Episode Five: A Woman

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He floats inside his plastic kingdom, the only world he ever knew. His eyes bulge, from bloat or maybe it's the shock of death. She can imagine him here in the darkness, stunned to be facing this black step alone. Or it could have been daylight; it could have happened yesterday, or conceivably the day before. She only needed to feed him every few days. Brie covers her mouth to quell the queasiness. No no, she fed him. And if you look down near the castle, some flakes are settled near the drawbridge. Asshole did not die as a result of negligence; he died because she imbued him with such meaning. Every dick move by every guy she's ever dated became a trick in Asshole's treasure chest. Cute surfer dude attorney for whom she wanted to bear children decided to end it at date four? Thanks a lot, Asshole. Saw that accidental text he sent calling her "bat shit crazy," the one intended for his friend? Stupid Asshole, you can't even send a text message! This she'd say to him as he hovered near his faux kelp garden, fluttering his little flamenco fins, just taking it. Like some voodoo priestess, Brie was able to attribute every dating disappointment to this innocent scaly being, but the trick's on Brie. Now that it's official that she's the asshole—and boy if this isn't painfully clear from the very different feeling in her butthole this morning on account of Benji's probing of it last night at the Goalmates gala—the goldfish has been released of his duties, leaving Brie the one and only true asshole in this apartment. No longer can Brie go around believing that life's unfair because men are pricks. Nope, you won't see it reflected on your paycheck yet, Ladies, but men and women have achieved asshole equality.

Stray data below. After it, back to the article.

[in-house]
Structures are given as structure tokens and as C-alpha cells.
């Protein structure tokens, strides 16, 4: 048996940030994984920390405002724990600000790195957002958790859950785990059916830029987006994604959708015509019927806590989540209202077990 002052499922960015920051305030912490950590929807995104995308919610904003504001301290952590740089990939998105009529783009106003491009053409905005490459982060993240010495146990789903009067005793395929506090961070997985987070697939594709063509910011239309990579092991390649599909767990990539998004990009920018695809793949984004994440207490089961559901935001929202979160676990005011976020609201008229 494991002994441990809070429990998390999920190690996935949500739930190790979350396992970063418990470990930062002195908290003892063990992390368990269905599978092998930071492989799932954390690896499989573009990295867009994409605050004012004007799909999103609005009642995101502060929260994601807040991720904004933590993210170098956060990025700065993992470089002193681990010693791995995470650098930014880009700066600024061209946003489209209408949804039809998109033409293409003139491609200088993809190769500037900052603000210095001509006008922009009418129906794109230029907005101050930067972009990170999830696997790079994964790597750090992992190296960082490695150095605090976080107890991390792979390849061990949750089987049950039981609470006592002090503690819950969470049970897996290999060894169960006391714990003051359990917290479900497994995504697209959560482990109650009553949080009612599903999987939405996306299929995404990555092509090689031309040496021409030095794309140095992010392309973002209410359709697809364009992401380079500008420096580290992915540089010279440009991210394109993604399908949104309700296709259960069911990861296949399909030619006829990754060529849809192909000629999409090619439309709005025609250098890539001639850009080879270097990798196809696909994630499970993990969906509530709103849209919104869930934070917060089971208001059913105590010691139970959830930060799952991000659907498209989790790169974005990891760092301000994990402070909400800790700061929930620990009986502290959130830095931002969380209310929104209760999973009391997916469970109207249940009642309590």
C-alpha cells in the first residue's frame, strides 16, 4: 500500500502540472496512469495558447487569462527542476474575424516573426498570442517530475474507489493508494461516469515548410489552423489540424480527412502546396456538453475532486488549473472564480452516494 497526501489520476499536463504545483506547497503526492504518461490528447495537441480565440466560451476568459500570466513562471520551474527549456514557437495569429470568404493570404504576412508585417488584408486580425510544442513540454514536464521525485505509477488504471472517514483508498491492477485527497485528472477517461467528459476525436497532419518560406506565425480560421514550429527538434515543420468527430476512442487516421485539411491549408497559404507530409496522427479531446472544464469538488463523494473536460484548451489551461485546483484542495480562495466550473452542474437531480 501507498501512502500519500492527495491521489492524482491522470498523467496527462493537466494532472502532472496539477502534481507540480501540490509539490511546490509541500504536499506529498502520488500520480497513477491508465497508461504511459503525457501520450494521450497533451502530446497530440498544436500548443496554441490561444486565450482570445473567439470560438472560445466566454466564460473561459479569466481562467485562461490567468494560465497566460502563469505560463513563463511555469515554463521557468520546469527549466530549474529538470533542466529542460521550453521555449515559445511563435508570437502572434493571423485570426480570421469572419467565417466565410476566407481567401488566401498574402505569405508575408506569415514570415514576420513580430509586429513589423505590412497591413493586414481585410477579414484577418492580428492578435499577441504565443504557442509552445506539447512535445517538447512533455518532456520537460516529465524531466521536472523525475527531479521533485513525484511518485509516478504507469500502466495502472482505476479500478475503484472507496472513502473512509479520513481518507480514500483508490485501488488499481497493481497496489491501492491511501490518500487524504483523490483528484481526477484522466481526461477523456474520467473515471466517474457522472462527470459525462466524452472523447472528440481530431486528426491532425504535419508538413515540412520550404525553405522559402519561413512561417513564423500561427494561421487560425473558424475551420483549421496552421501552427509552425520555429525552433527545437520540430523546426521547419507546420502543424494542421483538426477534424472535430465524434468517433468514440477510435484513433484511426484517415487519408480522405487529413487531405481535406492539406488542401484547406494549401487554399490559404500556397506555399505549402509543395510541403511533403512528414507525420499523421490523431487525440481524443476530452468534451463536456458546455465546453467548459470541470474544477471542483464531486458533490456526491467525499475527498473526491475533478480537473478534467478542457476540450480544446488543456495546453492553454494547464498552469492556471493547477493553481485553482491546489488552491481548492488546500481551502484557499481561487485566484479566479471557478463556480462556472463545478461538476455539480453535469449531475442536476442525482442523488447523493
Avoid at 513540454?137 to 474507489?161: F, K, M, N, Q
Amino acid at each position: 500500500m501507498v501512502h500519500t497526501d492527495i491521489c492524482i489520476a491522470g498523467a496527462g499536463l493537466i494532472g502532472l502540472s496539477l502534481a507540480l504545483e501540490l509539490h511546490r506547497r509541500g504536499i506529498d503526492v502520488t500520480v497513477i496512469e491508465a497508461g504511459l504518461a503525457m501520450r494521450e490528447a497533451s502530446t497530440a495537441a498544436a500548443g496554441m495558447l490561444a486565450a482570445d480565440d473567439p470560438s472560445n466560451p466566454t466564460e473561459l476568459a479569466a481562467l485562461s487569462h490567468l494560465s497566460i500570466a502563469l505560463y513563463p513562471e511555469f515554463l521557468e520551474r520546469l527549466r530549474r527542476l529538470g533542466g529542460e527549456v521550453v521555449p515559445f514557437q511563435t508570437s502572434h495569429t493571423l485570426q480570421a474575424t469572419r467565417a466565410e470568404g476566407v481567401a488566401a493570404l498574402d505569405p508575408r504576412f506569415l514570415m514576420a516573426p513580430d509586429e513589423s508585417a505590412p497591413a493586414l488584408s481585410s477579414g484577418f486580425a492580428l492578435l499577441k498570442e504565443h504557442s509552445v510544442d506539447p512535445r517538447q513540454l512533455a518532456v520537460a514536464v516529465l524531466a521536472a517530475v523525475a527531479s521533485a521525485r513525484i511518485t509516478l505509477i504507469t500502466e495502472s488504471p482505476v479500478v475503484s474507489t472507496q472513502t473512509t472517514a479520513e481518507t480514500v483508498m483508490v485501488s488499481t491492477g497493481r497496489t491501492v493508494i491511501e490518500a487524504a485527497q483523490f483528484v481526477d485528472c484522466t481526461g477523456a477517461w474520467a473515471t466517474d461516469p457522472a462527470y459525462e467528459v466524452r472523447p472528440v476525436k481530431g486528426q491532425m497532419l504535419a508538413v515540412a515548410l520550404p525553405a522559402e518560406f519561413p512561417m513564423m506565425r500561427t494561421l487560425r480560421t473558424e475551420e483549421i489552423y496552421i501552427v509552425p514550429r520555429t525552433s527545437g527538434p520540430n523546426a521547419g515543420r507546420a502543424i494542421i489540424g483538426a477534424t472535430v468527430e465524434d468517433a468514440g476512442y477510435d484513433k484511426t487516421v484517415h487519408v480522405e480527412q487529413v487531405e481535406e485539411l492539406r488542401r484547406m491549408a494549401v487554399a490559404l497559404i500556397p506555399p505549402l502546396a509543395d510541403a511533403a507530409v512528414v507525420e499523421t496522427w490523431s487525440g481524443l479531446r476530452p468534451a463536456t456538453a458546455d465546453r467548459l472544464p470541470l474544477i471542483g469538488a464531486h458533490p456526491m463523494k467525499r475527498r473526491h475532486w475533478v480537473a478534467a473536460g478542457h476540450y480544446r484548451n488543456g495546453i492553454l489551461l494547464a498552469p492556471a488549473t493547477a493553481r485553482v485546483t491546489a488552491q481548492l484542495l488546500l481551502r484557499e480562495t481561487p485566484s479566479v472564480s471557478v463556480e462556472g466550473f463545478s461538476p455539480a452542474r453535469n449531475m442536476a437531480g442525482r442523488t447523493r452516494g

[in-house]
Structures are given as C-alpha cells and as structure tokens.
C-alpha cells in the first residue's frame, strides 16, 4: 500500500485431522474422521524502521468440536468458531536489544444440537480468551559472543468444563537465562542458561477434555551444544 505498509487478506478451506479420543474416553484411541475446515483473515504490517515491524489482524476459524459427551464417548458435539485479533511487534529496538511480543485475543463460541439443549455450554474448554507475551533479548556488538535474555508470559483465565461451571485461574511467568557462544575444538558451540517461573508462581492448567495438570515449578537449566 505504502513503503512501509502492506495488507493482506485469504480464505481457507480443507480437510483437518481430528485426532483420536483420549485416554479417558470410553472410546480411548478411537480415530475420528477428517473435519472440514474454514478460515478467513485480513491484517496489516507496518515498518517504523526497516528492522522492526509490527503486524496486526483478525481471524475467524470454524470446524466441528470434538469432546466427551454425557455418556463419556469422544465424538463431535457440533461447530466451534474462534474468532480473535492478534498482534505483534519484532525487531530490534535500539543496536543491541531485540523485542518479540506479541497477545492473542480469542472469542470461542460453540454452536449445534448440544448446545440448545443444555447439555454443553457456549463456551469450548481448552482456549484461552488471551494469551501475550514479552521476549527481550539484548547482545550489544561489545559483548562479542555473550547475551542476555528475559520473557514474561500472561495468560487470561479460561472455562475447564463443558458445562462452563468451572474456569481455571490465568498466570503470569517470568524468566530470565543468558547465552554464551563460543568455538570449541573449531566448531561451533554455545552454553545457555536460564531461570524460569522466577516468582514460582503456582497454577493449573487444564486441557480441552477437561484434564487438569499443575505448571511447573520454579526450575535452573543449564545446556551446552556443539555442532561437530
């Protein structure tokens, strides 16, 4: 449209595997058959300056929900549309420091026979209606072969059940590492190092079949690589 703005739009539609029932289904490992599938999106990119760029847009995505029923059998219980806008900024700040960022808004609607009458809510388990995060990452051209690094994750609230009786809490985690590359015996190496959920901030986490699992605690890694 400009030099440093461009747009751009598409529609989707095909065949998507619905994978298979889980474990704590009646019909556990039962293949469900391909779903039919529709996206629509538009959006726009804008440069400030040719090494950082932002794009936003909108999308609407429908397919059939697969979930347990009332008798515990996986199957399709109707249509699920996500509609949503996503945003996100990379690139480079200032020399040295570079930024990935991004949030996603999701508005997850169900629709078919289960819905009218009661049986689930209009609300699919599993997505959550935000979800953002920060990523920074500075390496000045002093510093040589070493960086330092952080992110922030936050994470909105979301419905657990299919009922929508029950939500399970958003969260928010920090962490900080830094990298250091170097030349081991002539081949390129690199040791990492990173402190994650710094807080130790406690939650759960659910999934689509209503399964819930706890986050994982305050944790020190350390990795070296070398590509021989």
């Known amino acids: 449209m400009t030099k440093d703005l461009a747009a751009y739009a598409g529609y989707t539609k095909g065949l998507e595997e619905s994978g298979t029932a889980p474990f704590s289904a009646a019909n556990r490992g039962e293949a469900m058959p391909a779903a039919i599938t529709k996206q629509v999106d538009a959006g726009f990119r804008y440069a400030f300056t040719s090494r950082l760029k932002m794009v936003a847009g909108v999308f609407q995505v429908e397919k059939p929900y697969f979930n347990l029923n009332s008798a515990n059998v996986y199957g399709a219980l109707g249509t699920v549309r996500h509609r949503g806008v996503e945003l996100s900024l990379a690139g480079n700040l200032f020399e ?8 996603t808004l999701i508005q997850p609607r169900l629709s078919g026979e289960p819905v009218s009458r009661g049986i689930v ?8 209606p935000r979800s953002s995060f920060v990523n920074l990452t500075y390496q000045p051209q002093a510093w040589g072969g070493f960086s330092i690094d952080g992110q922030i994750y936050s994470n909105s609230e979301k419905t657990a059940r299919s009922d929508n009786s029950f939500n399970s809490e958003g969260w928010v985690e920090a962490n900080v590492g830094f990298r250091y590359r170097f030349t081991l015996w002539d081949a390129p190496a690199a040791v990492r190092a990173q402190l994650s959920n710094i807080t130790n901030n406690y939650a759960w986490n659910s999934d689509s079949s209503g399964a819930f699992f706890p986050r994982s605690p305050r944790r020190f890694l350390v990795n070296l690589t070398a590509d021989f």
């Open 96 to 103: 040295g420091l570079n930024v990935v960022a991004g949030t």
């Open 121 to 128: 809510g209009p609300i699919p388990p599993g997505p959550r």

Brie plunges her hand into her goldfish's watery crypt and scoops his limp sodden body up with her fingers. She sings, Momma take this badge off of me. I can't use it anymore. It's getting dark, too dark to see. Feels like I'm knocking on heaven's door.

Stern, doleful steps to the bathroom.

Would you know my name? If I saw you in Heaven...

She lifts the lid and lays him gently to rest in the toilet water.

"This is my fault," she tells him. "You died for my sins." She grabs her phone from the counter and snaps a tasteful mourning portrait. No filters, just death in its original color on a Saturday morning in Los Angeles.

The whoosh of the flush is delicious with drama. Brie drops her pajama pants and takes a seat on the toilet, heeding a strong urge to move her bowels. She searches for his number in her phone and dials him.

When he answers, she says, "I need to see you."

He is trying to put her off.

"No, today," she insists.

He agrees and she smiles. "See you soon."

She finishes her business and stands, turning to the toilet. Quick fact—she learned this from that fireman she met on Match.com—there's a question on the psych evaluation for firemen, asking whether you look at your own poop after you go. If you say no, then they know you are a deceitful person because everybody looks at their poop. It's human nature. Brie looks down at her human nature and sees that Asshole didn't flush.

"Shit."

Insult to injury.

"I'm so sorry," she whimpers. "For everything."

A second attempt, and Asshole is gone forever. Maybe it's time to give men a rest.

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